But, it's not exactly something to be proud of. In the wake of the bridge collapse in Minnesota, Gov. Rendell announced that Pennsylvania has the highest number of bridges considered "structually deficient" in the U.S. - somewhere in the neighborhood of 6,000. Our bridges are also older, on average, than bridges around the country. 50.5 years here; about 39 years is the national average.
In the land of bridges, "structurally deficient" means that there is some level of deterioration. But, it does not mean that the bridge is unsafe. Still, the term does not exactly inspire confidence, especially when PennDOT seems to be making "emergency repairs" on some bridge or other every few days or so. Also kind of frightening is getting a look from above at all the patchwork on many bridge decks around here. Some have been patched so often that there's hardly any original concrete left!
What to do? Well, raising revenue by turning Interstate 80 into a toll road is one idea, but quite a lot of people seem to feel that it's certainly not the best idea. In fact, one of the congressmen fighting the tolls is quoted in THIS newspaper article as saying that, in terms of getting highway funding from Washington, Pennsylvania is "winning" and, basically, he can't see where there's a shortfall in Pennsylvania's highway fund or why state officials say they need more money. I would refer him to the paragraph above.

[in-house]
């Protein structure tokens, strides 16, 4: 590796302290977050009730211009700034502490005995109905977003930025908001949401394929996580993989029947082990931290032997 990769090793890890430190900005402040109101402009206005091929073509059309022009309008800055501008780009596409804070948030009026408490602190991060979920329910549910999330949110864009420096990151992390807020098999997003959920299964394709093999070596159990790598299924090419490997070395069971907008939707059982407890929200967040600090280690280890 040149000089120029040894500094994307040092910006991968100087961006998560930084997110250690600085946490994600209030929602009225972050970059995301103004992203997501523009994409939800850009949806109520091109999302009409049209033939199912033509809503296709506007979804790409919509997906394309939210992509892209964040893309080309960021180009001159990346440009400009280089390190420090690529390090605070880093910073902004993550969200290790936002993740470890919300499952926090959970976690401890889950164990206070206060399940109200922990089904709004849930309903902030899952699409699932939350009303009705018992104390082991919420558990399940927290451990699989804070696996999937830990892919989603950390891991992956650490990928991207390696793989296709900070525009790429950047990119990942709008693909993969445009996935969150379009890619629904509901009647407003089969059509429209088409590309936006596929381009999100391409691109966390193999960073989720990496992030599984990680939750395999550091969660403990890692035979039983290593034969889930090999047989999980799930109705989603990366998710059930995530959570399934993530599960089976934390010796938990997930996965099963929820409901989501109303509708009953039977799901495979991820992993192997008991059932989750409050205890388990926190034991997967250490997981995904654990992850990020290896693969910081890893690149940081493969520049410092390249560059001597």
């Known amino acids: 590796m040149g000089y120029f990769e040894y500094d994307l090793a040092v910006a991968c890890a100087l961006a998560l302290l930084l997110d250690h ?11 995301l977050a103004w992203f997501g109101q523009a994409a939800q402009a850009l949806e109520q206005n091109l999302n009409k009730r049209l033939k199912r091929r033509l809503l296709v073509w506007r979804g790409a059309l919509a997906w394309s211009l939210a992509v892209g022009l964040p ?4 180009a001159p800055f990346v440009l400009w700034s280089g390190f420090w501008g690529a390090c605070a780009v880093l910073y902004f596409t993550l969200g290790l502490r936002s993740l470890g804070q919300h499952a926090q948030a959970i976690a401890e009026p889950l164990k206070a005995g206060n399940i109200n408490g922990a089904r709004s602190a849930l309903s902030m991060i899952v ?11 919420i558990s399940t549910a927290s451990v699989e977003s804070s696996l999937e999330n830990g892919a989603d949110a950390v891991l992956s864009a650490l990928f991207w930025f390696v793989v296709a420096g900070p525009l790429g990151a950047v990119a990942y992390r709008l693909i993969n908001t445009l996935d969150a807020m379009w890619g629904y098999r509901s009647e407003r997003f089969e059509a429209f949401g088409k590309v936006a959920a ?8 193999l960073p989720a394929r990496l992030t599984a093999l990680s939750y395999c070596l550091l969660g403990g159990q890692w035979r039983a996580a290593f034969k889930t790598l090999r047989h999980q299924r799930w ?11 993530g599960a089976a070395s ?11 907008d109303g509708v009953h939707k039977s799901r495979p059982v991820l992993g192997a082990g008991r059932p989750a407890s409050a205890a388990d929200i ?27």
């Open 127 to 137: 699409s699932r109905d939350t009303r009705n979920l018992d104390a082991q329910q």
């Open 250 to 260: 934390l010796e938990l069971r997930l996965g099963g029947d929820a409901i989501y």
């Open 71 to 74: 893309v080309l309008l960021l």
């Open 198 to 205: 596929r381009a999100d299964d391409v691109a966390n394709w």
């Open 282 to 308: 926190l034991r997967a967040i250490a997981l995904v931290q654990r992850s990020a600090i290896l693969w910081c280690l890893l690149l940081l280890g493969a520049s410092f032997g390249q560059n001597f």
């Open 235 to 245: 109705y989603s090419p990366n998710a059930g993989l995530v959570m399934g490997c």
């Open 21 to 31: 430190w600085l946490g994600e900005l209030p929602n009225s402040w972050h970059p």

For a while, I wasn't even sure that this plan to put tolls on 80 was actually intended to be taken seriously - considering that it's never gone anywhere in the past. I thought maybe it was just a bargaining chip to get the budget passed and that leasing the turnpike was the ultimate end game. But now, I think it is a serious plan; there's too much angst and bluster out there to believe otherwise.
Will there be tolls on I-80? Will the turnpike be leased? Will we end up with both? Or neither? I don't know. I have no idea where all this is going. I just hope it goes somewhere before what happened in Minnesota happens here.